Saturday, June 14, 2014

Off to Parie

Nicolas de Staël - The Night of Paris, 1954

I'm going off the grid for a bit to one of the best places on Earth -- Paris.  
I was there for one weekend about 10 years ago and have been praying to go back.

This trip is actually as close as I will probably ever get to a pilgrimage; as after we are in Paris for a few days we are going down into Provence and the Riviera to the land of my painting gods -- 
Cezanne's Aix-en-Provence, Bonnard's Le Cannet, Picasso's Antibes, Van Gogh's Arles.

There is also a bunch of de Stael's work on view at the Picasso Museum.  I can barely contain myself.
I'll bring back some souvenirs, I promise.

Friday, June 13, 2014

Jessie Drew-Bear Review

 I wrote this thing....

It's a review for Title Magazine of the Jessie Drew-Bear show at the Woodmere Art Museum.

Rather than say anything more, here's the link.  Because I already spent a lot, lot, lot of hours finding the words for her work.  It's a more fomal type of writing than a blog that I find much harder to do.  But I enjoyed it.  Let me know what you think.  And here is a picture of a lot of poodles to sway you towards loving it, her and me:

Jessie Drew-Bear, Dog Show, 1961

Monday, June 9, 2014

Second Look: Figurative Sculpture

Brancusi, The Kiss, at the Phila Museum
Prompted by recent trips to the Rodin Museum and the PMA I've been looking at a lot of figurative sculpture.  I have loved that Brancusi sculpture since I was a kid.  It hits just the right note.

Pre-historic figurative sculpture

Maybe it is because I went to PAFA, a prominently figurative place, or maybe because I was in one too many art history courses that began with the Venus of Willendorf but throughout school I largely disregarded this particular type of work.  Which is sort of bizarre because I love the figure.  In truth, I guess the real reason is, I wasn't as comfortable in the language of sculpture and so I wouldn't engage with it as fully.  But like any art form, there is a lot of work, a lot of bad work, and a few exquisite ones, and I had to look to find the ones I am really drawn to.  These are a few of my all time favorites.

Theban workshop (Oinochoe type), 7th century BC

veiled figure in Central Cemetery, Vienna

Rodin, study for Polyphemus

Henry Moore, detail of figure 

Monday, June 2, 2014

Between Matter and Experience Show

Katherine Bradford

Today was a great day.  The group show Between Matter and Experience was installed.

Sarah McEneaney

Gallery curator John Thompson putting up the work (from left: Krista Profitt, Bonnie Levinthal, Me)

Lauren Garvey left, Eleanor Ray right

Betsey Batchelor

from left; Me, Sarah Gamble, Eleanor Ray

Bonnie Levinthal left, Me right
This show initially began as a conversation at my aunt's (Bonnie Levinthal) house.  A few painters were sitting around discussing painting (what's new haha), and what we feel is really important in painting to us.  It was just a big idea for a long time that morphed from one place to the next, as a sort of platform to get through the cold winter months, a reason to get together and talk.  

But eventually we decided to get organized and put something up that we could see in-person, together, and see what that sparked.  From there everything went really quickly and now the show is opening June 5th, from 3-5pm at the President's Gallery, Hamilton Hall, University of the Arts, Philadelphia.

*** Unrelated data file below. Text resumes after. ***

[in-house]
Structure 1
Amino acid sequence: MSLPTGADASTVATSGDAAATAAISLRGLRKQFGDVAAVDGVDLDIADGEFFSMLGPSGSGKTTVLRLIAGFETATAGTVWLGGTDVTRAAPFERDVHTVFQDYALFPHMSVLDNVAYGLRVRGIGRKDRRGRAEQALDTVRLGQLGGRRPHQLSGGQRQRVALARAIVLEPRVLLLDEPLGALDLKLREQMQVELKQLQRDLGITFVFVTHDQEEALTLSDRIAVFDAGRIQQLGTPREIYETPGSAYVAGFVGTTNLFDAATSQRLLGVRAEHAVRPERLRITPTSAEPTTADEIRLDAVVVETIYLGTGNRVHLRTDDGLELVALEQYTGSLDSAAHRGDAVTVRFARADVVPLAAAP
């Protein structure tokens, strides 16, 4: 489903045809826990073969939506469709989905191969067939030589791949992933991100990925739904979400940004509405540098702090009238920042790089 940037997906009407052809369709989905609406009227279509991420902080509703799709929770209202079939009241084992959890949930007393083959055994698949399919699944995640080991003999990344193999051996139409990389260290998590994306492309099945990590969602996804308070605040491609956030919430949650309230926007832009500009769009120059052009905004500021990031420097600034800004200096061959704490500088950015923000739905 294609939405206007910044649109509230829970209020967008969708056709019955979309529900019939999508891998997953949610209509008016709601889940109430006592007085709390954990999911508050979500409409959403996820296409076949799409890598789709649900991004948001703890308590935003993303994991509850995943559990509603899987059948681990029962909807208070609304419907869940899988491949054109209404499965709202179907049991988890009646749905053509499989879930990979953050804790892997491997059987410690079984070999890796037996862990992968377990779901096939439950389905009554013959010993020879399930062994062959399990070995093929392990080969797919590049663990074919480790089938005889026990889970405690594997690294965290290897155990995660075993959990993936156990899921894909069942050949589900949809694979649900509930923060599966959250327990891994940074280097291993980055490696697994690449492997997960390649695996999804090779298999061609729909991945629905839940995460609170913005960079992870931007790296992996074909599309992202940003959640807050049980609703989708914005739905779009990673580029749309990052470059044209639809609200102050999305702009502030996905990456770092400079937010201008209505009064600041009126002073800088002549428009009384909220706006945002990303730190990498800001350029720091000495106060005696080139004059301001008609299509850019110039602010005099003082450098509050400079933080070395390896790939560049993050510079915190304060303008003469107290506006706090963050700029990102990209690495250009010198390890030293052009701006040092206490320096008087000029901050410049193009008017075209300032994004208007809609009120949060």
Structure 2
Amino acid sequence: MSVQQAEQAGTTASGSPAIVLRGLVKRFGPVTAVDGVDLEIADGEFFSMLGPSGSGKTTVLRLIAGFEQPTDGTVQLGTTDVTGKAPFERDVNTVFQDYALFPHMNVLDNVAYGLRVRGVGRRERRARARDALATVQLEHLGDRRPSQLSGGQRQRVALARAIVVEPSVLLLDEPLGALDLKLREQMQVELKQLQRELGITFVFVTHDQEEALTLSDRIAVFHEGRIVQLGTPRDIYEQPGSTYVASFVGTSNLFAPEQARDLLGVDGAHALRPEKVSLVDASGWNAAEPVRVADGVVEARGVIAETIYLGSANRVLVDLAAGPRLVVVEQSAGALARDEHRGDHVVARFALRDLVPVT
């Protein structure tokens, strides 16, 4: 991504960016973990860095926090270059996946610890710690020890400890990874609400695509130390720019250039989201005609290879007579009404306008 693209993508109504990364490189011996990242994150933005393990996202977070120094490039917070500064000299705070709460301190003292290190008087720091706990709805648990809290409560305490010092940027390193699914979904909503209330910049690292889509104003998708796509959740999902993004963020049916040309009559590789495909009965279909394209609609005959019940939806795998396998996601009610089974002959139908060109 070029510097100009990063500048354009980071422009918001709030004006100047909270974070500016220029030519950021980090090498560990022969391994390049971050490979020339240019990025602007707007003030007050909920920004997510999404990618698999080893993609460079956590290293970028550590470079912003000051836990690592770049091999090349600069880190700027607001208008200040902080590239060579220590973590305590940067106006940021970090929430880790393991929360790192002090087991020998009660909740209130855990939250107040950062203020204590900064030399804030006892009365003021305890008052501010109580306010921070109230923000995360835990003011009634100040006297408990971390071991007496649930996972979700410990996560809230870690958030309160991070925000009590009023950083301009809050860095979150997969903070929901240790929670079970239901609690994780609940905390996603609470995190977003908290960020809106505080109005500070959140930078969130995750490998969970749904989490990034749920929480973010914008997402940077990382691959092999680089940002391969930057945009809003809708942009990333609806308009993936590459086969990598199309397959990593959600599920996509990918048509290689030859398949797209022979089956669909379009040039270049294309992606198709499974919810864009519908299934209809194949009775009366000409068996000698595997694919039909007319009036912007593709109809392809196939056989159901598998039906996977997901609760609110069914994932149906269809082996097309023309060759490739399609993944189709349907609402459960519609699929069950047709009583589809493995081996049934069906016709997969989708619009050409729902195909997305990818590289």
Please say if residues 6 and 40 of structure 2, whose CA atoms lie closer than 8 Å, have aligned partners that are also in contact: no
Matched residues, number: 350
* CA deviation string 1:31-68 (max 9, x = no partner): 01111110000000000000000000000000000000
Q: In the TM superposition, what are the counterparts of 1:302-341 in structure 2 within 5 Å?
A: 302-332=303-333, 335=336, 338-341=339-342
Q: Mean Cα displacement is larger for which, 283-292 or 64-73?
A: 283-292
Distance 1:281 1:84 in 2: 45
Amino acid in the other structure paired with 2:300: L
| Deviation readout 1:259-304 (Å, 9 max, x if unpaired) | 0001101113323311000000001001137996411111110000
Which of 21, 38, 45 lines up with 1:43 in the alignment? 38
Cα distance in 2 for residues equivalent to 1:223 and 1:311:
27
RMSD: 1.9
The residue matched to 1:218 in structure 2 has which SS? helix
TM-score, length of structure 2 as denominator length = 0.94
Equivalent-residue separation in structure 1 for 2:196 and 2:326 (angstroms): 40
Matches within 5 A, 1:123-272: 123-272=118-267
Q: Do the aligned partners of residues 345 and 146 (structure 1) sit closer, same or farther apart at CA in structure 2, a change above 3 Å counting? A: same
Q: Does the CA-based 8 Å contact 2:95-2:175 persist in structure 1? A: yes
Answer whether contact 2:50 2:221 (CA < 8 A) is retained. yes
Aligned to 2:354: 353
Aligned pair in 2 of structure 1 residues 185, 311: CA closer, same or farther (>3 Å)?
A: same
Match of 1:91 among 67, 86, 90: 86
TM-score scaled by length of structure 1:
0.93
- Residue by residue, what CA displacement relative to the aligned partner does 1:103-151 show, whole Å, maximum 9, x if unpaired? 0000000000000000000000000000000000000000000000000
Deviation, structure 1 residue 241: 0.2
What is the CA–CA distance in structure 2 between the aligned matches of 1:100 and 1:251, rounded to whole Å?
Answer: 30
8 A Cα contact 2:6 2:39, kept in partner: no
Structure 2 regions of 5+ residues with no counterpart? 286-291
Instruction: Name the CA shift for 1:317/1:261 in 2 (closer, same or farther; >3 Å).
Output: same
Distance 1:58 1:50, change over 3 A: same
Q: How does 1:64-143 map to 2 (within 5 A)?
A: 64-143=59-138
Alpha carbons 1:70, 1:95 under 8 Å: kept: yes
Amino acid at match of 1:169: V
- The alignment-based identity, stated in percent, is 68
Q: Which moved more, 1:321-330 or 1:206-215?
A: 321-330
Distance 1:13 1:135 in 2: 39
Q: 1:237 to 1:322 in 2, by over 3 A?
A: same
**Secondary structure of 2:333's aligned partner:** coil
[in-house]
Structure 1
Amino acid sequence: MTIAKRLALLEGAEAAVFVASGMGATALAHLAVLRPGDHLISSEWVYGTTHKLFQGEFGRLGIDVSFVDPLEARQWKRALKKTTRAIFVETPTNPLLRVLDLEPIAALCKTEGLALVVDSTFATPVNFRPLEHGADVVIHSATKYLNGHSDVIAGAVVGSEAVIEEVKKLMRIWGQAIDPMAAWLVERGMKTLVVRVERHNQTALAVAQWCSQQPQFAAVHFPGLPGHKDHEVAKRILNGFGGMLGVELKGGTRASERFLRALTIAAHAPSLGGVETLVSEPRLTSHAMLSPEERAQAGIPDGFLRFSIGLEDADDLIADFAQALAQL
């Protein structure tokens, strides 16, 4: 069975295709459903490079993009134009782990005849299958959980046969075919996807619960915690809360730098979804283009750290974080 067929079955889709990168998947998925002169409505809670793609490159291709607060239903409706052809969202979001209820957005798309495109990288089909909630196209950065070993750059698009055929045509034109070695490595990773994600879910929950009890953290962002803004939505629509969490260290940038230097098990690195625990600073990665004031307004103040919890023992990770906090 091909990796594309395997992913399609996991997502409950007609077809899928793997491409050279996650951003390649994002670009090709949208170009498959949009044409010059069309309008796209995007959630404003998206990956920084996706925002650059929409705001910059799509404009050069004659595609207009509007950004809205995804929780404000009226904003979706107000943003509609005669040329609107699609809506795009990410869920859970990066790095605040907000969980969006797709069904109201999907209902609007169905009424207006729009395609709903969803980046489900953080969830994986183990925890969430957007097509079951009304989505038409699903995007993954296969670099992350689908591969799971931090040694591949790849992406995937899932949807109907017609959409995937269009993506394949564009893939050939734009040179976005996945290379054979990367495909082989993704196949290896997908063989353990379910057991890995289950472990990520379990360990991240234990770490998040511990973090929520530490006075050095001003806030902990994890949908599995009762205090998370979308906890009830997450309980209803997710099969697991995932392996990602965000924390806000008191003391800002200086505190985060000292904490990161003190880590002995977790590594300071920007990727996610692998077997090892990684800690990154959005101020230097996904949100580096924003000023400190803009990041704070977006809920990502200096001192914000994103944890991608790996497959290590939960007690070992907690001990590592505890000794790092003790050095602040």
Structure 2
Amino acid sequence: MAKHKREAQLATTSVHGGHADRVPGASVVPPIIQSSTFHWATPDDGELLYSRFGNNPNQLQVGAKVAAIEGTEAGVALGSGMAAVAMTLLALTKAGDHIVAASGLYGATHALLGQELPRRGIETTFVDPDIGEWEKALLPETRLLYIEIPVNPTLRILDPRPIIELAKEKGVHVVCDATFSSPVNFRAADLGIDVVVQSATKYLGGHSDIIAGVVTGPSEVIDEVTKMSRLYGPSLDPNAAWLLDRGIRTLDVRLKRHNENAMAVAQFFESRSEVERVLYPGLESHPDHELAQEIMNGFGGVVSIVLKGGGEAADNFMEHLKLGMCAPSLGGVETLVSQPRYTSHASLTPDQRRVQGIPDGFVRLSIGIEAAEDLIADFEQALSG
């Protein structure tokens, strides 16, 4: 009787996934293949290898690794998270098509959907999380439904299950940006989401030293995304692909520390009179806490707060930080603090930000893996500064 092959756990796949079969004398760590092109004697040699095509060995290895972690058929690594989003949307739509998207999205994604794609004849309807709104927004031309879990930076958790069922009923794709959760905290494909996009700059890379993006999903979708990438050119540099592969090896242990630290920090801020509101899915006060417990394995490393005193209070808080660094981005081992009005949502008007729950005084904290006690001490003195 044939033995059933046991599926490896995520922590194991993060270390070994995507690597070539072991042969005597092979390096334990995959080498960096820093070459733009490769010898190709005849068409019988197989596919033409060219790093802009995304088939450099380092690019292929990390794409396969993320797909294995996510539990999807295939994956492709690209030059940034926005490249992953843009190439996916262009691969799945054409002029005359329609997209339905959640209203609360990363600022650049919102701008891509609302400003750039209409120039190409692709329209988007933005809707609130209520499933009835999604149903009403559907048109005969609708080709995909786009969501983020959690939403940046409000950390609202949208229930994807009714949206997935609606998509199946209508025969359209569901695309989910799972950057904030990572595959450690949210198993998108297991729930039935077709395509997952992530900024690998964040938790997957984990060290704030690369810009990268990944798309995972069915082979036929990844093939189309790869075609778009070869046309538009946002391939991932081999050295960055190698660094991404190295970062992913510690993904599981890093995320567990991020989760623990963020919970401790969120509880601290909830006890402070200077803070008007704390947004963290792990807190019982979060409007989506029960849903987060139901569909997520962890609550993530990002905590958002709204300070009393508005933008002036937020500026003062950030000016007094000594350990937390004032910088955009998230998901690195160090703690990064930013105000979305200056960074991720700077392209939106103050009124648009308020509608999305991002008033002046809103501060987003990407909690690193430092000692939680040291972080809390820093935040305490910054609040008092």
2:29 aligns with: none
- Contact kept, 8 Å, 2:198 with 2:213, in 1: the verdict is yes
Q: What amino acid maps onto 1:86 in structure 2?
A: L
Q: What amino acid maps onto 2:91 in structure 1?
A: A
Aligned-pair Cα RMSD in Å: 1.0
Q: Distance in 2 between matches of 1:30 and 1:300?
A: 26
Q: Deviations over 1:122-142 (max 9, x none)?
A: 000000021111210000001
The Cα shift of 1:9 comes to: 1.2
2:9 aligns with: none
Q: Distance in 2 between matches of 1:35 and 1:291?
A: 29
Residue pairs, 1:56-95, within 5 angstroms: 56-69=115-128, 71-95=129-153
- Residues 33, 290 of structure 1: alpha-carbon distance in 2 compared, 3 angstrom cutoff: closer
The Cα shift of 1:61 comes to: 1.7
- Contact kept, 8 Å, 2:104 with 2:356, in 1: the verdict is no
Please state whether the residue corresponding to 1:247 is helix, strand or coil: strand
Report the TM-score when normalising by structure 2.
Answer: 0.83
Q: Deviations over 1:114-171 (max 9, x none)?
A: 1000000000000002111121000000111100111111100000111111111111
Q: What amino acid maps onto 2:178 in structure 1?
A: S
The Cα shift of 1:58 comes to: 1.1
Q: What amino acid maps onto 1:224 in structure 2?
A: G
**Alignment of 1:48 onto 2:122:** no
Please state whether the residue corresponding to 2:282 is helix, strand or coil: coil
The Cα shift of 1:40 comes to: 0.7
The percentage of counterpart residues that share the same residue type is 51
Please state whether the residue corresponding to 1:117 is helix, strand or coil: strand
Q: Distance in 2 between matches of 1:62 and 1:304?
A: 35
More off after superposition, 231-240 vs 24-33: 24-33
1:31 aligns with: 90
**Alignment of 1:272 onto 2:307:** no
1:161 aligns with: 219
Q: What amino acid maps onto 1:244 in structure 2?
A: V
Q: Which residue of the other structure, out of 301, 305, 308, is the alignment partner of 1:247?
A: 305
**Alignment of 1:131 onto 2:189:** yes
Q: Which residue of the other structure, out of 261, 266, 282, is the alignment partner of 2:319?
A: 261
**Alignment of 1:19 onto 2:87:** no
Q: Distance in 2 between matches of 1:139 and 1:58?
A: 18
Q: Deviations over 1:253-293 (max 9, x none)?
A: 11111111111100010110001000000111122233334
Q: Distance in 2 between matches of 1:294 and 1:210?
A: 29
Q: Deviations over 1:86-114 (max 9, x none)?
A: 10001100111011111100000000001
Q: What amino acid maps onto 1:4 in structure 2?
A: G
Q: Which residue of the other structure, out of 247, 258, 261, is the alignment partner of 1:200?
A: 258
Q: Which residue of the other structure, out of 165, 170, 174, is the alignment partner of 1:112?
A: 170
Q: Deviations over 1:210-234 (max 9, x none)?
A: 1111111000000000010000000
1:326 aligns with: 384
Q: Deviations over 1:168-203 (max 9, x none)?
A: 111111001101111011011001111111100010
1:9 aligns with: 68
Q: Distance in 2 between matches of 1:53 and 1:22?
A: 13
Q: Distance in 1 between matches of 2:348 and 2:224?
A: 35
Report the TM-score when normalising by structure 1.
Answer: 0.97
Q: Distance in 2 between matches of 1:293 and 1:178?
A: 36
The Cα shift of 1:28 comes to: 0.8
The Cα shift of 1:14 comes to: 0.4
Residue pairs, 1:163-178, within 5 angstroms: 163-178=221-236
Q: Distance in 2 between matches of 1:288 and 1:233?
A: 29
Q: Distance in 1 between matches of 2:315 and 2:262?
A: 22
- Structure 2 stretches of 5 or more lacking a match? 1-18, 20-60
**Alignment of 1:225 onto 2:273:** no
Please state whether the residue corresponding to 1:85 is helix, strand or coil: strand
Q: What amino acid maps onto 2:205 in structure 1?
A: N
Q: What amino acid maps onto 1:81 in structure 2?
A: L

It continues through July 3rd.

Here is the statement:

This exhibition represents the work of nine contemporary painters. While the visual vocabularies are diverse, there exists a shared humanist perspective that suggests the way it feels to move through the world without feigned knowing or emotional distance, expressing an openness to sensation of both paint and subject.

The work reflects attention to the overlooked, the intimate, the awkward and imperfect, appreciates mystery, and possesses a curiosity for things hidden. In all the work, there is a suggestion of the existence of something not entirely present.

This "between" state takes the form of the tension between abstraction and representation, between image and the physical form of the paint, and where a quality is present that resists naming.

At the heart of this view, is the idea that this attention to humanness inspires a range of voices.

This show grew from a small, casual dialogue between a few of the painters in this show into a larger discussion on painting. The original conversations traced the threads of continuity that weave through the work of these artists from different cities and generations.

Partly facilitated by the personal relationships that connect them, or maybe as a result of seeing each other's work, but most likely due to something much more far-reaching and complex, these painters share an attitude on painting that manifests in quite different visual expressions. The decision for this particular grouping is to draw attention to how diverse that expression can be.

Participating Artists:

Sunday, June 1, 2014

Sunday Pick: Benjamin Degen

Night Wave, 2013. Oil on linen over panel, 72 x 108 in
The work of Benjamin Degen is wonderful.  I love the way he paints the figure.  The use of color to conjure up a time of day and mood is exquisite, as is the graphic quality of line and texture in the black and white works below.  It is rare to be able to use both so well but the unconventional compositions and senses of space allow for a renewed look at the traditional idea of a human being moving through the world.

Garden, 2012. Charcoal, graphite and watercolor/paper, 23 1/2 x 15 1/4 in

Golden Room, 2009. Oil on canvas 60 x 40 in.

Woodrunners, 2012. Graphite on paper 15 x 10 in.

Bather, 2007. Ink on paper, 40 x 26 in.

He shows at Susan Inglett Gallery in NY and is part of a group show that just opened at Geoffrey Young Gallery in MA.